By Kang Seung-woo
The Air Force is considering leasing F-16s from its U.S. counterpart to fill its fighter gap, sparked by a delay of the "next-generation" fighter program and the indigenous combat aircraft project.
"As F-4s and F-5s are aging without any reinforcement aircraft, we are reviewing leasing F-16 fighters currently operated by the U.S. Air Force," an Air Force officer said Wednesday.
He added that the Air Force lacks medium-class fighters like the F-16, so a plan to lease 20 to 60 aircraft is under consideration.
Korea initially planned to bring in 60 highly-capable aircraft via the F-X III competition from December 2016, but the project was pushed back to August 2017 due to budget constraints. In addition, another delay extended the delivery timeline to 2018.
The indigenous fighter program, codenamed the KF-X, has been delayed for a decade due to financial reasons and questions over its feasibility. The KF-X is aimed at manufacturing "F-16+ class" fighter jets that are envisioned to enter service from 2023.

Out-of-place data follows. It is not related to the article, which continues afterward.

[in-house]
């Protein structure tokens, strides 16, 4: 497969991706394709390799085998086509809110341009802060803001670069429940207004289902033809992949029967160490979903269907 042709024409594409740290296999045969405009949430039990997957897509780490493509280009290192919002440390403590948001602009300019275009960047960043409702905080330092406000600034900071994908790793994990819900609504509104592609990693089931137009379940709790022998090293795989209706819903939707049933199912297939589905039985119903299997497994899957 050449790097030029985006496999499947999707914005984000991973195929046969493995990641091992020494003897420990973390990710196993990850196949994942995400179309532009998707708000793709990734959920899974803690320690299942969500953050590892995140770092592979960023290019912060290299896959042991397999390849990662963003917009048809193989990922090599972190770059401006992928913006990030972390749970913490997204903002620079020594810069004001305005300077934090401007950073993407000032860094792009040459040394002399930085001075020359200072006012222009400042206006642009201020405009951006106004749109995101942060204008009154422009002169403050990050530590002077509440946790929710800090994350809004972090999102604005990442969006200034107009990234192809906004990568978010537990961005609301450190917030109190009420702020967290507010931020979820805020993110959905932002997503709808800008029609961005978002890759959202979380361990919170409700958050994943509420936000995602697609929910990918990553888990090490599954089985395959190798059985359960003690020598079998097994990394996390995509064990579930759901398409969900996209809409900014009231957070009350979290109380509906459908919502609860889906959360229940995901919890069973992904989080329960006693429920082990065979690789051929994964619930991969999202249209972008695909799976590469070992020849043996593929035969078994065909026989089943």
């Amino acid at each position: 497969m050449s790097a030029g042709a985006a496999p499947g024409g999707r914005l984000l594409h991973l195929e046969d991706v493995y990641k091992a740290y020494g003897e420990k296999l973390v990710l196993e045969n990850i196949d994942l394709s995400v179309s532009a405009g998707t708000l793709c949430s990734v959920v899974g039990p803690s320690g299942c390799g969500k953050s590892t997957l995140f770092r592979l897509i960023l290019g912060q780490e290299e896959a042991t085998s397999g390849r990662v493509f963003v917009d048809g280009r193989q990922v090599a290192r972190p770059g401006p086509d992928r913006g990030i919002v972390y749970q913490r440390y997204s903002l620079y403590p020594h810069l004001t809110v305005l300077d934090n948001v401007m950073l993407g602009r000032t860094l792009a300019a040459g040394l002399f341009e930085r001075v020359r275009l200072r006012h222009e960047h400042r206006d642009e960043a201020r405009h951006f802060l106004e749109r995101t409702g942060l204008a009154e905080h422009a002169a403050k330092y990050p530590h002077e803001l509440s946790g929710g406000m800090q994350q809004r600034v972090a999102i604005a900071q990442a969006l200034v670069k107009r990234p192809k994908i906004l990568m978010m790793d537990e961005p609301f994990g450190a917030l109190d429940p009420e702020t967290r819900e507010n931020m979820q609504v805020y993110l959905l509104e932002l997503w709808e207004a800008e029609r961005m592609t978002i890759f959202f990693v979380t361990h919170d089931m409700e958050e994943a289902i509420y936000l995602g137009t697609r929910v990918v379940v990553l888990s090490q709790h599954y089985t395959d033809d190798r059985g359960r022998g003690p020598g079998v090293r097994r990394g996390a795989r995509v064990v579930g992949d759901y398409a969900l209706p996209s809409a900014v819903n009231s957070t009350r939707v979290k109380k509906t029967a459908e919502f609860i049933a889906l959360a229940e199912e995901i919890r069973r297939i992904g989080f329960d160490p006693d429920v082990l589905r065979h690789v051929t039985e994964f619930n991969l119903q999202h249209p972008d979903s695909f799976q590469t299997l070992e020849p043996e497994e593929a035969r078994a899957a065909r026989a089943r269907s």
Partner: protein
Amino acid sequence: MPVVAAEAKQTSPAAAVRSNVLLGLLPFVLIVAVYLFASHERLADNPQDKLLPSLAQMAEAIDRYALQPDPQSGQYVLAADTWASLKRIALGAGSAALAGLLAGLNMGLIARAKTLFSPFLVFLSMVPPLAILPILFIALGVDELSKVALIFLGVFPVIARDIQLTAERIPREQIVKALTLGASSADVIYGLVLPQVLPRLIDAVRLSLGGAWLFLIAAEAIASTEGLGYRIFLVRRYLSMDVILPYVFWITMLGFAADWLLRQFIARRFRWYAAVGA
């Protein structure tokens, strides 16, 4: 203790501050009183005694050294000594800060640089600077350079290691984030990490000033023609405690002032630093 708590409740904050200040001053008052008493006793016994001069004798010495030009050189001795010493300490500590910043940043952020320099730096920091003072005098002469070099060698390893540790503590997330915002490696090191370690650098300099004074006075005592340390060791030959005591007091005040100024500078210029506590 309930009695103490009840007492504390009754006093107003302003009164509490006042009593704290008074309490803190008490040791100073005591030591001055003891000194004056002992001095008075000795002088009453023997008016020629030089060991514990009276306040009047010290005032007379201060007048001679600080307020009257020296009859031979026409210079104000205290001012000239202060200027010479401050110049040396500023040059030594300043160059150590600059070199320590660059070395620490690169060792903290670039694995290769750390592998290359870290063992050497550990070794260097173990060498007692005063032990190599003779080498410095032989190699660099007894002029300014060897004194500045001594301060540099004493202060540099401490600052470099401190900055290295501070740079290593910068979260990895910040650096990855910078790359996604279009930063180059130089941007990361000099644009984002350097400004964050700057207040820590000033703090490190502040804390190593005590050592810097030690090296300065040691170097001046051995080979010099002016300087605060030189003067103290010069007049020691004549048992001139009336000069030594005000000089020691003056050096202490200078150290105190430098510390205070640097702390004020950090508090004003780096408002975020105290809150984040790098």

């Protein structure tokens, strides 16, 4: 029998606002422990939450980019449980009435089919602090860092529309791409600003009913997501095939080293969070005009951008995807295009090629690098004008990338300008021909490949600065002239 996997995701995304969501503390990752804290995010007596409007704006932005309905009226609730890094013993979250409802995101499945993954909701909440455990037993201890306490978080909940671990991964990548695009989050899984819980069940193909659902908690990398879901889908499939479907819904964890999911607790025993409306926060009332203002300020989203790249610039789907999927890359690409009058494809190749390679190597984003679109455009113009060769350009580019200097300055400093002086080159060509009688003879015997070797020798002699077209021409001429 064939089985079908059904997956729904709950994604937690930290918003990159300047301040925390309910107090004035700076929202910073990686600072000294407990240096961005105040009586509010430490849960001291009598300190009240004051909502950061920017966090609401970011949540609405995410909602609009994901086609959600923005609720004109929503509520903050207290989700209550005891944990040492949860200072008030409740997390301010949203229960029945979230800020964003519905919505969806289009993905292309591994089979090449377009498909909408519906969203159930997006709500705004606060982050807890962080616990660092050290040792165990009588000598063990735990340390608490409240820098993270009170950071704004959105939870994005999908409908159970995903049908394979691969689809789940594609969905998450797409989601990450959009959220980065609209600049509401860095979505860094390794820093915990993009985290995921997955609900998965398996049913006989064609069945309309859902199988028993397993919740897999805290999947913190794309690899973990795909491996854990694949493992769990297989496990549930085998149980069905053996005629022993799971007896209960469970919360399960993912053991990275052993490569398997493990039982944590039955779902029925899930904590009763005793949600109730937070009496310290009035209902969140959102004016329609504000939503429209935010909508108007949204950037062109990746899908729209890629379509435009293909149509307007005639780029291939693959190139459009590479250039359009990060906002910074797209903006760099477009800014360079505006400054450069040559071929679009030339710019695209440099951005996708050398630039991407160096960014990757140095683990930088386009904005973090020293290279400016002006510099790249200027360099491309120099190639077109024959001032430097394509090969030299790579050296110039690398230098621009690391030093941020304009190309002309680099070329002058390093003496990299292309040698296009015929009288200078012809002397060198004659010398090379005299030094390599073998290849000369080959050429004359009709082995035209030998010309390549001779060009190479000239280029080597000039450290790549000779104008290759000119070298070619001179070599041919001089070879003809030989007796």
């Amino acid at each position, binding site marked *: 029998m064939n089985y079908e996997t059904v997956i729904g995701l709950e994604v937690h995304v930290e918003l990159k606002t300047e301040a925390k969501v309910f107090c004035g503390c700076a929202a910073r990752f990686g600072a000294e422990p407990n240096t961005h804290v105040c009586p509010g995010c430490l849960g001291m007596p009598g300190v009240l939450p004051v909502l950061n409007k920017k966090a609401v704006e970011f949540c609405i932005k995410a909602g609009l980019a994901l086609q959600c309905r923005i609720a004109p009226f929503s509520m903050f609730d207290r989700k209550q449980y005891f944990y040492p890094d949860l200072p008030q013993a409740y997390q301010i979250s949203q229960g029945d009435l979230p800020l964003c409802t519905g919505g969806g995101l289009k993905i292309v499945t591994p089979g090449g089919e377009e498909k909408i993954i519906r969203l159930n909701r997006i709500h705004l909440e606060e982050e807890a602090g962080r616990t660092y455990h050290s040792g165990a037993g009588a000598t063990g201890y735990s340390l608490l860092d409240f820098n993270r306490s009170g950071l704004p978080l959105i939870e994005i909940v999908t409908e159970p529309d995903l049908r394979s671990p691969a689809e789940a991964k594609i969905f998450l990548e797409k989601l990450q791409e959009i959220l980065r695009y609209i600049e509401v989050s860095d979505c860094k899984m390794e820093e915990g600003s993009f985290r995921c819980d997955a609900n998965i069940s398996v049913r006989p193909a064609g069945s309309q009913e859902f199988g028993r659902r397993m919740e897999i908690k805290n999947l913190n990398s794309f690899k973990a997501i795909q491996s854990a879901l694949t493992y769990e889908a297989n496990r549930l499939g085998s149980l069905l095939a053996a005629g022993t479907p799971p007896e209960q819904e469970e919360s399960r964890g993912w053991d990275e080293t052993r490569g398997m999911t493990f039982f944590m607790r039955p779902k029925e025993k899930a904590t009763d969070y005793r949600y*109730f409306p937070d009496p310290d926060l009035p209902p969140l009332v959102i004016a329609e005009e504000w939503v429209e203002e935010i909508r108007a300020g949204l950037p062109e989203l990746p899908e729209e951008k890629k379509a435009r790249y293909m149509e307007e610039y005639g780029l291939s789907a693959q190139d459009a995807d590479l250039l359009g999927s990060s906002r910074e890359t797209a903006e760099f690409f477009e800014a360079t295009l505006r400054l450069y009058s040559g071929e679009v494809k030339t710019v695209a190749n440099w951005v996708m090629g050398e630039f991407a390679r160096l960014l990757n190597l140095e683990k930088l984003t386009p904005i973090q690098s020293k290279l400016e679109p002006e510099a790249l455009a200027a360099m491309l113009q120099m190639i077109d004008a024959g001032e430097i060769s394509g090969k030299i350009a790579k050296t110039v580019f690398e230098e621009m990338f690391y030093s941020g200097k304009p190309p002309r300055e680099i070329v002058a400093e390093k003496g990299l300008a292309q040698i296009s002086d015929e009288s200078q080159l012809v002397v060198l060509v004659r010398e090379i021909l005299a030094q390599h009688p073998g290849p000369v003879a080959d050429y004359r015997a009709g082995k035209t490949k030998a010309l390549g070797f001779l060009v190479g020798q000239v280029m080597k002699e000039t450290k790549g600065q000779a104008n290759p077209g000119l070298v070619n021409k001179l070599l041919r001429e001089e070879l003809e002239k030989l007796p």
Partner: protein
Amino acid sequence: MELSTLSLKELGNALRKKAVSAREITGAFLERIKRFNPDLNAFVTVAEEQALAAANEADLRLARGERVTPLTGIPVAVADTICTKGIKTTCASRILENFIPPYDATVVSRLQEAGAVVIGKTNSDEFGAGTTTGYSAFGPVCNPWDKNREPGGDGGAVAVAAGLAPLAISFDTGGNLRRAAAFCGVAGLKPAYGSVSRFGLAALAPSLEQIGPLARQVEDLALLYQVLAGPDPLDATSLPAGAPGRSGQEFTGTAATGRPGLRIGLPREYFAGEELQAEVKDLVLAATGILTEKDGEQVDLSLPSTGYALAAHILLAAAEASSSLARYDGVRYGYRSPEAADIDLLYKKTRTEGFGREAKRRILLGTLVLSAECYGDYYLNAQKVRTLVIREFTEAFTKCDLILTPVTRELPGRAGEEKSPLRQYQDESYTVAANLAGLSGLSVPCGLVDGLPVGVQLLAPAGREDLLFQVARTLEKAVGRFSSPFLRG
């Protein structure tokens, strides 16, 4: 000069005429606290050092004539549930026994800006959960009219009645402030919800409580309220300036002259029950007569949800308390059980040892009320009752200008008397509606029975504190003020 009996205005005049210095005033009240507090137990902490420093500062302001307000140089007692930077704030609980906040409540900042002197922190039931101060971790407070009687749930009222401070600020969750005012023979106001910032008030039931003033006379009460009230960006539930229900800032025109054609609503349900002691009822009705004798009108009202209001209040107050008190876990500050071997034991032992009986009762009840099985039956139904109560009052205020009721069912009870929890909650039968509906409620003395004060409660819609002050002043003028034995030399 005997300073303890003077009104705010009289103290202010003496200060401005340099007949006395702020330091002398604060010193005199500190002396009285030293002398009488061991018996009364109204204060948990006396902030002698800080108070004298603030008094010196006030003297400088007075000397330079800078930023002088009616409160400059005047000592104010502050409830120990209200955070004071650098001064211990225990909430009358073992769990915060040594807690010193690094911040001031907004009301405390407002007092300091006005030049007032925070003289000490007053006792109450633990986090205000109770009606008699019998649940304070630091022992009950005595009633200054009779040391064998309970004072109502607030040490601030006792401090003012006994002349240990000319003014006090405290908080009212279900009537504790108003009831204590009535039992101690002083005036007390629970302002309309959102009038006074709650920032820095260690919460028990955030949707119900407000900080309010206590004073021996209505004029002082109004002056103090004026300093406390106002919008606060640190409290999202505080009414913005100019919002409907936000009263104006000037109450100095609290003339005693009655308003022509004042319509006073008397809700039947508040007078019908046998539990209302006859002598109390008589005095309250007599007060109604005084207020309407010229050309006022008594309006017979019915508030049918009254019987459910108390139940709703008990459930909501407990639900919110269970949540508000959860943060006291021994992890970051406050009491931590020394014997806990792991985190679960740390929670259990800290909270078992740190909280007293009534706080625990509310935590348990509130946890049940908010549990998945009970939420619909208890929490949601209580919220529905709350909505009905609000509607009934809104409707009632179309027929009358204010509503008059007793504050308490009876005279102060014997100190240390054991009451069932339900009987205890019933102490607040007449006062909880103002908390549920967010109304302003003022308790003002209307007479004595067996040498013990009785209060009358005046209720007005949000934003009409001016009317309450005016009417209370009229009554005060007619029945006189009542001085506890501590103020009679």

Although leasing planes in the fighter world is a rare event unlike civil airliners, it is not the first time for Korea to do so. Ahead of the completion of the T-50 high-end supersonic trainer, the Air Force leased T-38s from the U.S. Air Force for more than a decade.
According to the Korea Institute for Defense Analyses (KIDA), the Air Force's optimal level of aircraft is 430, but the Air Force foresees that it will lack around 100 aircraft by 2019 due to the retirement of some 160 F-4s and F-5s.
However, some officials remained skeptical about having a lease contract for fighter jets, a key military asset in times of war.
"It is very rare that a country leases fighter jets from another, while trainers, which are used for pilot training during peace time, can be leased," a senior military official said, noting the potential risk of rising costs in a conflict situation.